Hong Kong Auctions Bounce Back Modestly
By The Editors
With international visitors still relatively scarce, Hong Kong’s rebound to its vaunted status as “Asia’s World City” is likely to take more time than many industries would like to see. The art business is no exception, as major commercial events took place in March and early April, including auctions and two art fairs, which overwhelmingly attracted locals and visitors from mainland China. Meanwhile buyers are now accustomed to the many ways of conducting remote purchases, whether on the phone, online, or even through third parties in Hong Kong. At auctions, larger international trends such as the competition for younger artists and figurative painting continued to prevail, while several artists from mainland China saw a boost in prices for their art on the secondary market.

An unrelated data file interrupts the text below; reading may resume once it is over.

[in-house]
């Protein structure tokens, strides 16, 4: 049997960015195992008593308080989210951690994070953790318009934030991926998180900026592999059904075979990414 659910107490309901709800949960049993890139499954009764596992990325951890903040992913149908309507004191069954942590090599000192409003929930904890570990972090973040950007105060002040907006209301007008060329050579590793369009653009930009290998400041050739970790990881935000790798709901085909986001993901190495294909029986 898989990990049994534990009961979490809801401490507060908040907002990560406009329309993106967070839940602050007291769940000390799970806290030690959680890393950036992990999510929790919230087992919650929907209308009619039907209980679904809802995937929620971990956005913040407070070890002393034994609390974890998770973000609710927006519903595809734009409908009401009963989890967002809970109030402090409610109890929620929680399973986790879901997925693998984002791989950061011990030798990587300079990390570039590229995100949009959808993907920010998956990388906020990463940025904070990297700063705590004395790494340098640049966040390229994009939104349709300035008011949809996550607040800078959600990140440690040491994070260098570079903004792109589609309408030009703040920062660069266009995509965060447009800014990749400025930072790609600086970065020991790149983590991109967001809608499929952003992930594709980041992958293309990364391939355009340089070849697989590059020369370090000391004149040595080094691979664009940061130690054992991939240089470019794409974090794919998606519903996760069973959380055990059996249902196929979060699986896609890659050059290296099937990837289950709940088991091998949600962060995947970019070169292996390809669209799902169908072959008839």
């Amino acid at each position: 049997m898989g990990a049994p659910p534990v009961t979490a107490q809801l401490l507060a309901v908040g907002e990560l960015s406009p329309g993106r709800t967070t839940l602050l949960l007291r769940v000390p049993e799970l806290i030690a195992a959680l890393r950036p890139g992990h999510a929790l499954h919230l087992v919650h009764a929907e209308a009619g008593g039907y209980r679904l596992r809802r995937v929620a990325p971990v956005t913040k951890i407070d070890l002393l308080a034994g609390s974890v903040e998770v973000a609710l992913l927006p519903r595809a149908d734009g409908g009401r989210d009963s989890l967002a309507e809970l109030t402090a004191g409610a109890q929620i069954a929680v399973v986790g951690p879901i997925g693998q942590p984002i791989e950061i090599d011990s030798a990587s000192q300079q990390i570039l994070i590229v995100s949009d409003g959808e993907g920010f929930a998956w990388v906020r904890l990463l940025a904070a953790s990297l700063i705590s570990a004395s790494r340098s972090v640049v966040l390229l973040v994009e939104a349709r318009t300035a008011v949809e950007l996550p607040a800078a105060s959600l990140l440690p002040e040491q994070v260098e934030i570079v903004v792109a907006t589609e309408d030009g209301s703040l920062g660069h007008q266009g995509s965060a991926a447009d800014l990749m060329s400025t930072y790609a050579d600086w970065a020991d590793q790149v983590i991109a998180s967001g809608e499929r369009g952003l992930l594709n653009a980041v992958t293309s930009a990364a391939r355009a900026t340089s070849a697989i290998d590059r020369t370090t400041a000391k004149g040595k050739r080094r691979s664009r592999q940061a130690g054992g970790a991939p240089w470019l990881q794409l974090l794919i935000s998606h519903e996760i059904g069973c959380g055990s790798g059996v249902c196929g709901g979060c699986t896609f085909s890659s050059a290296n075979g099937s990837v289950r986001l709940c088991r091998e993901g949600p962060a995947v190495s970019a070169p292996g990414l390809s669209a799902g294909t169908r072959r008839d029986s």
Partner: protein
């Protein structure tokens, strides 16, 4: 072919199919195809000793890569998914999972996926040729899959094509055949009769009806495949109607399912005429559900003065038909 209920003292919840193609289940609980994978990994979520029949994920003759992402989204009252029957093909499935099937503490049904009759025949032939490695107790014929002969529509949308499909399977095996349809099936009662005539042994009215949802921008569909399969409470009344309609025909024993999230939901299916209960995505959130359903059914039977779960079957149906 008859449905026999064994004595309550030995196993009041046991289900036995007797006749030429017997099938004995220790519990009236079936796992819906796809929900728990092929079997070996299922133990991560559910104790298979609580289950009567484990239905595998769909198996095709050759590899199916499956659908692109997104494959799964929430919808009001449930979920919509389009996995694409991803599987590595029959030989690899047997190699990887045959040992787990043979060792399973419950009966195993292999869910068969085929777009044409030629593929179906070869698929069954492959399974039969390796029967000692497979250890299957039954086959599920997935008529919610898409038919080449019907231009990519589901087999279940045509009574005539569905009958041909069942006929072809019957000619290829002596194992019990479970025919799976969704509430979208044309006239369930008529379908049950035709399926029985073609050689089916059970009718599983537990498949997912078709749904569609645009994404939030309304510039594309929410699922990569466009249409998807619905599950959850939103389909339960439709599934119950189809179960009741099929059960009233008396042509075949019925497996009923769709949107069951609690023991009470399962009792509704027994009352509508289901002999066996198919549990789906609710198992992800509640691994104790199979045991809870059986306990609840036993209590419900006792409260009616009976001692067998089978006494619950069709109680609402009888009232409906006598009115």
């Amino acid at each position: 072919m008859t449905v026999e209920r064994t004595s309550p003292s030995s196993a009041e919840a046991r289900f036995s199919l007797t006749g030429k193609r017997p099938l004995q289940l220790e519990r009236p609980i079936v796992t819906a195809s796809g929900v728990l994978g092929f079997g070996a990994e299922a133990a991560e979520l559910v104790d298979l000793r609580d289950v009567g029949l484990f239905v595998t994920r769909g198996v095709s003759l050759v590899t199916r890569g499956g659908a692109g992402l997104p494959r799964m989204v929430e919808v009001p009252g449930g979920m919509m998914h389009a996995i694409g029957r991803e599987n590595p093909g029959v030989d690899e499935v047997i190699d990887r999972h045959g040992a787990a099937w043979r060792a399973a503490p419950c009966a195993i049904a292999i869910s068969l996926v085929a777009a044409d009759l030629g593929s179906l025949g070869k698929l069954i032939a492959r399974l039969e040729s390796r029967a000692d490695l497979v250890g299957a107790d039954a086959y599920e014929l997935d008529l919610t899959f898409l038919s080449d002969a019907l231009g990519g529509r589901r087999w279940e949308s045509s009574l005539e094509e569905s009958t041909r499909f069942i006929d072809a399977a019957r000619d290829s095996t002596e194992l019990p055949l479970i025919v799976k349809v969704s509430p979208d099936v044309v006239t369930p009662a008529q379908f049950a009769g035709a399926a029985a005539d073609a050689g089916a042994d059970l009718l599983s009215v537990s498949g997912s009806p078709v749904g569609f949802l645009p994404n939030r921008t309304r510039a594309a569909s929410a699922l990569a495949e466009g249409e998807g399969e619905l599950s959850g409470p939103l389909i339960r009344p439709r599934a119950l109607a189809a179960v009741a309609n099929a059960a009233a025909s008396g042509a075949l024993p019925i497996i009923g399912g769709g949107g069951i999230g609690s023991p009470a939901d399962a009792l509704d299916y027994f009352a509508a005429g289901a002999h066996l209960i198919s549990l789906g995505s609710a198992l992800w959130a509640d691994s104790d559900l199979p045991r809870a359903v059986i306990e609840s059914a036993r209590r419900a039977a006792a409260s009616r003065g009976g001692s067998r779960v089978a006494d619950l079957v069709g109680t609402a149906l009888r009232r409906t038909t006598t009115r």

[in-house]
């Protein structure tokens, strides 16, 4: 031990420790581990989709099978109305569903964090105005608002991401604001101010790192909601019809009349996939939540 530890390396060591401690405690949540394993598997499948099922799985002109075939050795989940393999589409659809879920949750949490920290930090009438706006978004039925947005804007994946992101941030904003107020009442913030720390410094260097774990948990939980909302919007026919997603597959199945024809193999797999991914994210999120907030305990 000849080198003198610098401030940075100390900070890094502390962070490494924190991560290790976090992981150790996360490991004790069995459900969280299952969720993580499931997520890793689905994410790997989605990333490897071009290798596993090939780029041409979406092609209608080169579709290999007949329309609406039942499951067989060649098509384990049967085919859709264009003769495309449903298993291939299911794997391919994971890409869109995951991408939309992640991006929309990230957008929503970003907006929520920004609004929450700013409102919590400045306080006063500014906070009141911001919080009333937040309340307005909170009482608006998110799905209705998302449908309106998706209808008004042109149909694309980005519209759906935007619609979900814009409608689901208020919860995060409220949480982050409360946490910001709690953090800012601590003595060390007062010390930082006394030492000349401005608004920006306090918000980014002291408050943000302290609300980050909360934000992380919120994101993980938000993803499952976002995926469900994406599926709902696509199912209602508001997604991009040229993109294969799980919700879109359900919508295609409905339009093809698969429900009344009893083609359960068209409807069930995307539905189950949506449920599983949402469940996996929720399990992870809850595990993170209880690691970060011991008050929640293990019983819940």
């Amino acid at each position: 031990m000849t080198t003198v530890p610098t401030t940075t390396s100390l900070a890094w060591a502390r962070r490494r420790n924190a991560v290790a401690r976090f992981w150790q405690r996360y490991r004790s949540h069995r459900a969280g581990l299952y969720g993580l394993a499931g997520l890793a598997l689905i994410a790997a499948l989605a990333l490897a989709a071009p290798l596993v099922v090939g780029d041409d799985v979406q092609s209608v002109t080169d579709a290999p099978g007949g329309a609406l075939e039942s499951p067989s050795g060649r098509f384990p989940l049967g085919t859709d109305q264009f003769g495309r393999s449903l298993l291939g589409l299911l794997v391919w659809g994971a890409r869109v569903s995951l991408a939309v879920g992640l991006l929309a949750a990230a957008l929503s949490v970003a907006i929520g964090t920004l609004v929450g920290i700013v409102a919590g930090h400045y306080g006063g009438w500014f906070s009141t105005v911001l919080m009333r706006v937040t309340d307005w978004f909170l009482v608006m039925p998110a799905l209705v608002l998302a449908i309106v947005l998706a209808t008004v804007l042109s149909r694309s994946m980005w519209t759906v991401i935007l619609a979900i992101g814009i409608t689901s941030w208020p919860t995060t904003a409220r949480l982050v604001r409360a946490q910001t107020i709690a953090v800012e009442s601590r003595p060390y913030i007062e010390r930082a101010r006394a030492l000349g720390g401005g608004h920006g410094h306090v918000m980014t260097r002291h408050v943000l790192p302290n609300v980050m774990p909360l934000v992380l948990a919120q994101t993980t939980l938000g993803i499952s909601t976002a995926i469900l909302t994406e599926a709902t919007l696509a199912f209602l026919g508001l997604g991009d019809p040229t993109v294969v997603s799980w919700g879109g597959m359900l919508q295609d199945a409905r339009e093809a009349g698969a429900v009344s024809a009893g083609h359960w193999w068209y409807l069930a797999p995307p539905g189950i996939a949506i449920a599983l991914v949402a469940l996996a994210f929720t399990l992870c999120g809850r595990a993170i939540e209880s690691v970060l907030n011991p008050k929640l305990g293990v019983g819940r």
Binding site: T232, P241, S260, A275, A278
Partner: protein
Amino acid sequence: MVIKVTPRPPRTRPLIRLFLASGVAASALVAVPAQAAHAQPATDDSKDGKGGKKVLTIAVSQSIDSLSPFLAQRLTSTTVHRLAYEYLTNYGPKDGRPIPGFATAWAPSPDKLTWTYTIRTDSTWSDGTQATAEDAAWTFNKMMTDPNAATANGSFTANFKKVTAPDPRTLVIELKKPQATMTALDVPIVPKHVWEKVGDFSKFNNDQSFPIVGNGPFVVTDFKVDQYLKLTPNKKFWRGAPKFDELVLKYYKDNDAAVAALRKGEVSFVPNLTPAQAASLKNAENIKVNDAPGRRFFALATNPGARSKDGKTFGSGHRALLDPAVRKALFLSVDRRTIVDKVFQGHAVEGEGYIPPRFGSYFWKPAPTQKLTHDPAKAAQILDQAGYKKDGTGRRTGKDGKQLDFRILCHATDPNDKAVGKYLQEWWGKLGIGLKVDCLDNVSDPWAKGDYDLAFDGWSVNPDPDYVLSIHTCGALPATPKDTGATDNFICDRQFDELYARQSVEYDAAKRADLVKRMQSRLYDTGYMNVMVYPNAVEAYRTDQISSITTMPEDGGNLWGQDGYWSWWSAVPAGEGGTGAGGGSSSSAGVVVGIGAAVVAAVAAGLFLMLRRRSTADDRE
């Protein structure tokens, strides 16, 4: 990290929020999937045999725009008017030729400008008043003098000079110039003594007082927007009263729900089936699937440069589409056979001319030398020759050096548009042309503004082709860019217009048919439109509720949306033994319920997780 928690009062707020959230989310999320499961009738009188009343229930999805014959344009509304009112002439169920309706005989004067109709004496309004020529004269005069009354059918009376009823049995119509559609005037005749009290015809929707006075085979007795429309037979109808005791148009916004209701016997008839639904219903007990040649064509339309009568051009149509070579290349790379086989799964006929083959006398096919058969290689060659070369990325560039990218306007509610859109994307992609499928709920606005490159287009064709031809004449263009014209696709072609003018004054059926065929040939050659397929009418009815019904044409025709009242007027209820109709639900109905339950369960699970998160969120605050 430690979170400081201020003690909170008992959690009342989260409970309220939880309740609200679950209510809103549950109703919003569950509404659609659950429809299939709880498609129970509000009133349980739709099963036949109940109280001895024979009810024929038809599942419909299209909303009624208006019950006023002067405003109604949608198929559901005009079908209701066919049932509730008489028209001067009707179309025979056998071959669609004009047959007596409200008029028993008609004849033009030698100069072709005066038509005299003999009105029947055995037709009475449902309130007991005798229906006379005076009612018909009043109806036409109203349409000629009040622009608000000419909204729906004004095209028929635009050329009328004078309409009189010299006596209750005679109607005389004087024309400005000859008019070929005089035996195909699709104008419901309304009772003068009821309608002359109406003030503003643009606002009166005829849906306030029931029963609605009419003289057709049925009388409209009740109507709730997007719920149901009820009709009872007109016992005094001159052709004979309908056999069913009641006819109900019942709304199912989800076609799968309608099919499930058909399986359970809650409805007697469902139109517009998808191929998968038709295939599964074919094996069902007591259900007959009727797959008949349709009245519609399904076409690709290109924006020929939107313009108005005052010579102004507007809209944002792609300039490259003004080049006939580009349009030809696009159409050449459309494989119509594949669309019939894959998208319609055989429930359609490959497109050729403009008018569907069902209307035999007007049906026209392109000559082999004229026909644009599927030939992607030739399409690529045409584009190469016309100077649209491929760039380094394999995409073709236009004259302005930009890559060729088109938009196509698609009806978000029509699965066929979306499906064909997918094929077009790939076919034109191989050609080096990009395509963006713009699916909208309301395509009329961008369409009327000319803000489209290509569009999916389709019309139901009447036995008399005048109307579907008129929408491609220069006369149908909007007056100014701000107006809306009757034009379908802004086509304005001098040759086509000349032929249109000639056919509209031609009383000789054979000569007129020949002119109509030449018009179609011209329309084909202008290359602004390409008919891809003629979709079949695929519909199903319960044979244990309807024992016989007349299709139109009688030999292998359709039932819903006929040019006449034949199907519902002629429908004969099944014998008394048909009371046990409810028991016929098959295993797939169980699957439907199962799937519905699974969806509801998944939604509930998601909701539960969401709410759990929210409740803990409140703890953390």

At its new Asia headquarters in the West Kowloon Cultural District Tower, directly opposite from M+, Phillips Hong Kong held its first 20th Century & Contemporary Art sales on March 30 and 31. The evening sale of 40 lots (two were withdrawn) raked in HKD 351 million (USD 45 million) and the day sale brought in a further HKD 121.5 million (USD 15.5 million) for a combined total of HKD 472.5 million (USD 60.2 million).
The evening sale’s highlights were leading auction names. Yoshitomo Nara’s blue-eyed adolescent in a yellow outfit holding a pair of wooden divining sticks, Lookin’ for a Treasure (1995), brought in HKD 83.9 million (USD 10.7 million). From the same year, Yayoi Kusama’s squat yellow Pumpkin (1995) canvas hit HKD 56 million (USD 7 million), above its estimate of HKD 50 million (USD 6.4 million). An Infinity Dots painting from 2001 earned HKD 27.7 million (USD 3.5 million), as Kusama-mania washed over Hong Kong in early 2023, with an international Louis Vuitton branding collaboration and a major retrospective at M+.